It’s summer, and most retired people are kvetching about the heat, wondering what’s for dinner or discussing barium enemas. But only one person I know manages to do all three while performing surgery under dire conditions in Africa: My indefatigable dad.
For the last four summers, “Dr. Skip” has treated legions of patients in an undersupplied, uncooperatively-staffed government hospital in Sumbawanga, Tanzania. (Even though he’s a real stickler for professional protocol, the casual moniker was first adopted in Pakistan after the 2006 earthquake both for pronunciation purposes and to keep our very Jewish surname on the down-low.)
But he’s hardly the kind of person that just swoops in, slices out an organ or two and puts on Band-Aid on people—he’s become very attached and involved with his patients. You may recall last year he expressed a tremendous frustration in his blog about the red tape and corruption that prevents people from receiving the most basic health care. After so many glad-handing meetings with local Sumbawanga officials who made empty promises, shlepping his own medical supplies from the States and fighting for support from hospital administration, there was a mutual agreement that his efforts might be best suited elsewhere.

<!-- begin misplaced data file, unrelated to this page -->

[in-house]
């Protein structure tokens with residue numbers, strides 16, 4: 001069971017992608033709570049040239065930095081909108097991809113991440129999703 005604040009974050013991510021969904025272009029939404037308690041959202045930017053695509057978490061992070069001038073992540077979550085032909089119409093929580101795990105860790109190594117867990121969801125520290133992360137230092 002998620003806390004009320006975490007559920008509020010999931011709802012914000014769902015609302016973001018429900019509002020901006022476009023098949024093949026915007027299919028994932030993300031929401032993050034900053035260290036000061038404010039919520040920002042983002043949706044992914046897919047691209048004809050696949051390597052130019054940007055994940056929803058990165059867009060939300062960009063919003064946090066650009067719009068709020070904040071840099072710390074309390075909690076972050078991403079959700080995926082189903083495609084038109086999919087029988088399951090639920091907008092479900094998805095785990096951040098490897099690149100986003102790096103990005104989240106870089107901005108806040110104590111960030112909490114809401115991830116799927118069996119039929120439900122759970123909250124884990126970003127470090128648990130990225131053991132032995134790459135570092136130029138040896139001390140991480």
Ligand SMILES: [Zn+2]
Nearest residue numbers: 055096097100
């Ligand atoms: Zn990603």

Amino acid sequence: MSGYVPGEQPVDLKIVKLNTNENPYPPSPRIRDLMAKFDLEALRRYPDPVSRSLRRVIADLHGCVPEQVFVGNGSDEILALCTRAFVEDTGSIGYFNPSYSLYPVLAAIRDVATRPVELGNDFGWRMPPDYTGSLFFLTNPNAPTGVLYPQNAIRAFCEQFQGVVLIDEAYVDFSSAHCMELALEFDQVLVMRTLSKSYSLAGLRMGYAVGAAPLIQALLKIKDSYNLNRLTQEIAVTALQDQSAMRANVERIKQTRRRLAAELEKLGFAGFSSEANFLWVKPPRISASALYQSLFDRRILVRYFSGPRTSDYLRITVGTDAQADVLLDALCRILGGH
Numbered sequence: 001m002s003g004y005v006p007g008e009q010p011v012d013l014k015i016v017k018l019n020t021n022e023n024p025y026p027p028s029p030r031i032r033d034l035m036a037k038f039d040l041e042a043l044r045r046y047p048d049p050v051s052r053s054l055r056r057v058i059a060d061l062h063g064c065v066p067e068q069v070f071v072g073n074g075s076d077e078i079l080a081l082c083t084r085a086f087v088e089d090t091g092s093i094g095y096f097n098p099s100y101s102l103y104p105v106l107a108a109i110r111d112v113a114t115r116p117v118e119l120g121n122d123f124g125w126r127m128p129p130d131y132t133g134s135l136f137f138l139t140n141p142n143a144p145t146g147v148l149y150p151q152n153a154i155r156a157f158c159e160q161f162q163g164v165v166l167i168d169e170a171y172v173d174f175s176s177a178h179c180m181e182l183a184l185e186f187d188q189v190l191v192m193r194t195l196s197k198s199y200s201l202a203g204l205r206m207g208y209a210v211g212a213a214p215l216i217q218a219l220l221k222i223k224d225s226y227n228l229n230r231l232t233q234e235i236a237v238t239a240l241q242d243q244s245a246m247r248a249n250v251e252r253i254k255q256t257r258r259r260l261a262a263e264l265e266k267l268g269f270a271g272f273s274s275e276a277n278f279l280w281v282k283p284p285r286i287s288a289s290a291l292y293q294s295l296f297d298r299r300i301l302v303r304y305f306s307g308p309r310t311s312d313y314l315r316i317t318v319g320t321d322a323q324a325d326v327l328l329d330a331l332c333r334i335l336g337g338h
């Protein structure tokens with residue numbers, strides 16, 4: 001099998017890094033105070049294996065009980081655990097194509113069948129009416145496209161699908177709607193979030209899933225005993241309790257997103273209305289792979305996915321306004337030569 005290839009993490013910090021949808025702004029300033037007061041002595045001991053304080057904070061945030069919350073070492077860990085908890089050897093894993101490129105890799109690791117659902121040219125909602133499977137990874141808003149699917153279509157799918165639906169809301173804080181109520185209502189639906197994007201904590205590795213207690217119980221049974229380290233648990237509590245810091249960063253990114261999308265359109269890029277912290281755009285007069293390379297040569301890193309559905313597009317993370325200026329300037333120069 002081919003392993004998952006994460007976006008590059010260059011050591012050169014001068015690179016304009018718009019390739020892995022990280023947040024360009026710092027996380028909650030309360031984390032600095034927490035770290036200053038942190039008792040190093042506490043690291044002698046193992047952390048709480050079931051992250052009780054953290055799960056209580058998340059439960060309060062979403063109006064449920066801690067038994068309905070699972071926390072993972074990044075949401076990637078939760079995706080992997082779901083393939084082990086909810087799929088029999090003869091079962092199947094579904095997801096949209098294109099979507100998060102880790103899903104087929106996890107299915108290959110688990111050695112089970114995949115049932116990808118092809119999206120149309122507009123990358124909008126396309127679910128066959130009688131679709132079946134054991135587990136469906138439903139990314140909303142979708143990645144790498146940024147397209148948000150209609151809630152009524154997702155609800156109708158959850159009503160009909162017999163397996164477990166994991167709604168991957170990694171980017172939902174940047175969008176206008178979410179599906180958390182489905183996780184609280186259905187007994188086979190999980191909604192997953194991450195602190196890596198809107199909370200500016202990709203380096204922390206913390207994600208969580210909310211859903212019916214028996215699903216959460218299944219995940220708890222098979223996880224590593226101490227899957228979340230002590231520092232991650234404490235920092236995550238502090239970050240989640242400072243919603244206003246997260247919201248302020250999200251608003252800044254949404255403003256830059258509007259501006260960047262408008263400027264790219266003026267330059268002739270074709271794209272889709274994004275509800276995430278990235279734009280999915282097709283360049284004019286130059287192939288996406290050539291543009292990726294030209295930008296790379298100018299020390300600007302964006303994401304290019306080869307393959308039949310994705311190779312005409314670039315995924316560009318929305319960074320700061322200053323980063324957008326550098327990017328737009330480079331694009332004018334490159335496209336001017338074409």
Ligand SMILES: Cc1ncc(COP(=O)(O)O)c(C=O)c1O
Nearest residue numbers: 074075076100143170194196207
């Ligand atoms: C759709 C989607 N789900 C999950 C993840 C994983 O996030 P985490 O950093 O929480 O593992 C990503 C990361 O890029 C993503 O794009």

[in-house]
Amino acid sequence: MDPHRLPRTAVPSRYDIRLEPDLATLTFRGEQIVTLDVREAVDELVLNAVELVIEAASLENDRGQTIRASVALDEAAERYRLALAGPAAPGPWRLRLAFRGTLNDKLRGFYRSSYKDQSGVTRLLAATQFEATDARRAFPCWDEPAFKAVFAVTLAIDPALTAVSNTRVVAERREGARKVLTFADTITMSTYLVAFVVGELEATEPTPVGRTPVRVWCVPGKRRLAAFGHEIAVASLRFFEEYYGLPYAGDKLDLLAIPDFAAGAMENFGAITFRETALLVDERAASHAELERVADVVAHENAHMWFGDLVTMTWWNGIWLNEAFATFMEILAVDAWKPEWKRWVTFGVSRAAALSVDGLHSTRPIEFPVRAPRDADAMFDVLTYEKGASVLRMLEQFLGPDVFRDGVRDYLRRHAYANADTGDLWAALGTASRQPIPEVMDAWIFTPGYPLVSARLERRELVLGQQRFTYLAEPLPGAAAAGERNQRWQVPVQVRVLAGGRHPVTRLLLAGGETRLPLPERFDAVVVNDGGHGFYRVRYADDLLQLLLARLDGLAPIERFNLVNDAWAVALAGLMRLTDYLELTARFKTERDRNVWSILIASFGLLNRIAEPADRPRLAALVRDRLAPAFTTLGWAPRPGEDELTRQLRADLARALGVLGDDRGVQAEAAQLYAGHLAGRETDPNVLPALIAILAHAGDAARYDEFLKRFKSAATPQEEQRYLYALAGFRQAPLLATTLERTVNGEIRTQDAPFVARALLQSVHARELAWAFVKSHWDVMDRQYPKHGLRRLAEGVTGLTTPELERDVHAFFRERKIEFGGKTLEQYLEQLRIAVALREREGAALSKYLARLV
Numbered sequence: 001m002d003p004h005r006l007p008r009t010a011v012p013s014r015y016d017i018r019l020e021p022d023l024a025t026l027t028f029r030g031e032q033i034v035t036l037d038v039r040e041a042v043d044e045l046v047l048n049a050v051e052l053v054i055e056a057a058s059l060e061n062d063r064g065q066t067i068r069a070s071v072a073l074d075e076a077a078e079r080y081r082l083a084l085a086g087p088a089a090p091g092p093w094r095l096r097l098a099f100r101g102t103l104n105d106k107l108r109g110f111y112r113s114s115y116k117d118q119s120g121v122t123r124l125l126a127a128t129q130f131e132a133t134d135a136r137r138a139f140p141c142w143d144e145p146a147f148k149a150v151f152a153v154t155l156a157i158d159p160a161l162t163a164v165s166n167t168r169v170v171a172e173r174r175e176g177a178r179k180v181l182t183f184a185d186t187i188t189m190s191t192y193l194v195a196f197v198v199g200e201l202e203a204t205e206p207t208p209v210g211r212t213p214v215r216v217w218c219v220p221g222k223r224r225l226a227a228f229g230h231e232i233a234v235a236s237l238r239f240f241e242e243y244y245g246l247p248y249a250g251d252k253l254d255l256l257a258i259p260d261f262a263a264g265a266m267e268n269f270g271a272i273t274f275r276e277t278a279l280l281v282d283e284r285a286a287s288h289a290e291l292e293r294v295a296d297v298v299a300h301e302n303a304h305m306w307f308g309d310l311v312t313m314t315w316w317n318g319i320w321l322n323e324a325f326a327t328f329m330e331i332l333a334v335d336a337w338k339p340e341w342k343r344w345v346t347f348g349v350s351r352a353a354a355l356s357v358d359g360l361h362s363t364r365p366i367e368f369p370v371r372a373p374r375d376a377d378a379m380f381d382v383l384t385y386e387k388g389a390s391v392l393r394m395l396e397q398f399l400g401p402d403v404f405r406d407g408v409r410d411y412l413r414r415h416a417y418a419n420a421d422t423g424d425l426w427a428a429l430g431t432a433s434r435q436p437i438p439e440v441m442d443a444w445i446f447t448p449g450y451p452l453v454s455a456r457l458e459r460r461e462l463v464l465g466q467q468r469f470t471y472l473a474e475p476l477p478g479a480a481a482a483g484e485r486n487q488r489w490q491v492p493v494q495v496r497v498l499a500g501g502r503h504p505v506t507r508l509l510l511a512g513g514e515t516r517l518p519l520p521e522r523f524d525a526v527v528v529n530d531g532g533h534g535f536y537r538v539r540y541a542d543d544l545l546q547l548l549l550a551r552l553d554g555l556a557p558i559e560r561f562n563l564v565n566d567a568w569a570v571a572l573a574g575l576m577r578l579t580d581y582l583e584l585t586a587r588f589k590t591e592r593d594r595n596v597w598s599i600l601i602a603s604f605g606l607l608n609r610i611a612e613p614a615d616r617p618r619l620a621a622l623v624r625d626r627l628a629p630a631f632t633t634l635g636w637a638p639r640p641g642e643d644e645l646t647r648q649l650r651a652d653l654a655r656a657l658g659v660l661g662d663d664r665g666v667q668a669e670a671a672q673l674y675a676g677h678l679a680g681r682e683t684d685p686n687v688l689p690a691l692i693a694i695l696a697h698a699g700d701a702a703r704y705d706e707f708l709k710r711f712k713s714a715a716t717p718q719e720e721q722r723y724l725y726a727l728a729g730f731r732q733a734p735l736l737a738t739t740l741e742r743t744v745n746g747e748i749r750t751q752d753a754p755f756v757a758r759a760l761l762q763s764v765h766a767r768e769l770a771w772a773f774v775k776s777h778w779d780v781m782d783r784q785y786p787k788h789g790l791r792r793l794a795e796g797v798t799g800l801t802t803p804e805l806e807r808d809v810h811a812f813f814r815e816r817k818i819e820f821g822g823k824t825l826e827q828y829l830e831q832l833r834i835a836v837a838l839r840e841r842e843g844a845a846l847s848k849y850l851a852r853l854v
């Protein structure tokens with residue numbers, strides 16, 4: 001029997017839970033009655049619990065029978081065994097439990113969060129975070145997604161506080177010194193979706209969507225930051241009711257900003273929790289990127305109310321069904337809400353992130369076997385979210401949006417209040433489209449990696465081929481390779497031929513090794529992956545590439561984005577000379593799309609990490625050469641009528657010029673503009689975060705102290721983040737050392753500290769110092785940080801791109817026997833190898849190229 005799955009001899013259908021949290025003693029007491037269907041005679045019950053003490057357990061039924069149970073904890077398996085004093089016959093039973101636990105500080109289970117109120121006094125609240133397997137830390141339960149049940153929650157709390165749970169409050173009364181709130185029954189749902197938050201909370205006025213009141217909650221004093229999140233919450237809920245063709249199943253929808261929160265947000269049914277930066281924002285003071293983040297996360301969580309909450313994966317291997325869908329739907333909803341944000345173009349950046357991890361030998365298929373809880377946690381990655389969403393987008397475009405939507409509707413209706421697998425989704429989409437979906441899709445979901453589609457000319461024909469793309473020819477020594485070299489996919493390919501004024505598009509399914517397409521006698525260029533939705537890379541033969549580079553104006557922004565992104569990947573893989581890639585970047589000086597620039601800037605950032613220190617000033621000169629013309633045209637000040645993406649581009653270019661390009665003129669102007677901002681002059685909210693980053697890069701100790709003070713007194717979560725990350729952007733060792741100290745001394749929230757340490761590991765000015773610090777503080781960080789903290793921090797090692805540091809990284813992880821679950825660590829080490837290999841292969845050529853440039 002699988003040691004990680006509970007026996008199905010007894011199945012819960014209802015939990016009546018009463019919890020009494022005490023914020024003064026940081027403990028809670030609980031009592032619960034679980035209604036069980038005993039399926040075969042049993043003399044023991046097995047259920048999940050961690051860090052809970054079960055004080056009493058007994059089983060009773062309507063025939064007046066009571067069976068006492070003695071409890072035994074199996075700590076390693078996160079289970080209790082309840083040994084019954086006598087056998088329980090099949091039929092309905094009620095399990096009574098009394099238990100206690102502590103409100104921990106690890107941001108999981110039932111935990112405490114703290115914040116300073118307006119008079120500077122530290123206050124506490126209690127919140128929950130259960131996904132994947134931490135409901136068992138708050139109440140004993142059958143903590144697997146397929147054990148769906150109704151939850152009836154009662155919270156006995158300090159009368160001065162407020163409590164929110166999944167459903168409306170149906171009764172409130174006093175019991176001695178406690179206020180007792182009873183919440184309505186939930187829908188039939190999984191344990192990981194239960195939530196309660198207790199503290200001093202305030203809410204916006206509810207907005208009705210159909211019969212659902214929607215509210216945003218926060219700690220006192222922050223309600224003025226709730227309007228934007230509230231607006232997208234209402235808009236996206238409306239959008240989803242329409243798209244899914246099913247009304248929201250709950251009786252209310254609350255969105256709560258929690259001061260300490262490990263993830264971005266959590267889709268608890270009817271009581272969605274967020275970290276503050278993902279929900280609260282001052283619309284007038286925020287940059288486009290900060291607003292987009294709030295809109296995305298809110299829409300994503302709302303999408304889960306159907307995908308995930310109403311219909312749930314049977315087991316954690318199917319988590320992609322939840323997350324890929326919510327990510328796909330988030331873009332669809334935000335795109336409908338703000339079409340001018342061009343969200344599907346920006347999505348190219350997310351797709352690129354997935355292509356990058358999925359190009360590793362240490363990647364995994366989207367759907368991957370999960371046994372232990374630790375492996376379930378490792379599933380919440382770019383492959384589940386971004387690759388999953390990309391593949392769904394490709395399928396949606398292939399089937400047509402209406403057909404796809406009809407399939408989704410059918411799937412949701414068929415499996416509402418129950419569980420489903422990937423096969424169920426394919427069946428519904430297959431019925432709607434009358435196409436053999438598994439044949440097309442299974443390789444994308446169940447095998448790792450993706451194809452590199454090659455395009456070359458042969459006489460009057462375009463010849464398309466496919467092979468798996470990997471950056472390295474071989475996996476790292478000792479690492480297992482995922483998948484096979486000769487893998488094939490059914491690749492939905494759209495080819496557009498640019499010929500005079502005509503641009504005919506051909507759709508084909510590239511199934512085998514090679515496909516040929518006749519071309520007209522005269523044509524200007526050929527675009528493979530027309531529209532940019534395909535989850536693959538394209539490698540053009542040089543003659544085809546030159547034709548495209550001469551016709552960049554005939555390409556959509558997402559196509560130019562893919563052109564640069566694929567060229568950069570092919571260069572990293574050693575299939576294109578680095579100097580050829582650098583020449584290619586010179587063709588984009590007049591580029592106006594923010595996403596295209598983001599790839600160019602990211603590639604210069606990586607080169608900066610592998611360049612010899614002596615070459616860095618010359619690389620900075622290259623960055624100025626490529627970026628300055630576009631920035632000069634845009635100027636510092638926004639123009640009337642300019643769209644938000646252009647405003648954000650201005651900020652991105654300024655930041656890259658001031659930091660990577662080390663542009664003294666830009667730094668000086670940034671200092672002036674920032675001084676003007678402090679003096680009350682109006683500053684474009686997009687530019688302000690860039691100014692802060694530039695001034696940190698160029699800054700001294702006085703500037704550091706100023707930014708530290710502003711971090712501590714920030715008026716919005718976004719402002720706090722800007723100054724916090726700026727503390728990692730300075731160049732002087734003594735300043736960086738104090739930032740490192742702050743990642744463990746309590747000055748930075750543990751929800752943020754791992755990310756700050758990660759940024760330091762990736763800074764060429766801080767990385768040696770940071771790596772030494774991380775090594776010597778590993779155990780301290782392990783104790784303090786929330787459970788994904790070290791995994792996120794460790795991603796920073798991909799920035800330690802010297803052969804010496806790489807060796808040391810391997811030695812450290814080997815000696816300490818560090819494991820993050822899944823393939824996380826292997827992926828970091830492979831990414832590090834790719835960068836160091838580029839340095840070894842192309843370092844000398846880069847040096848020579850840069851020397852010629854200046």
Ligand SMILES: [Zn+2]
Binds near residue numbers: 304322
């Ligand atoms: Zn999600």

Or in his words, “I managed to make enough waves and piss off enough people that they don’t want me back.”
That didn’t stop him from finding a place that does appreciate and desperately needs an advocate who can wield a pen as well as a scalpel. He arrived last week at a hospital run (and barely financed) by the Catholic Church, which means it’s not free to citizens but has a level of autonomy that will perhaps make it receptive to lasting improvements.
In any case, he’s spending his days providing first-class surgery to those in need and trying to do whatever good he can in a place where clean water is a high living. Leave it Dr. Skip to mix it up by throwing in a bunch of nuns.
I’ll be posting updates here, but be sure to keep up on his blog: He keeps a passionate account of stories and photos that are at once heart-rendering and fascinating—especially if you’re into goiters the size of cats.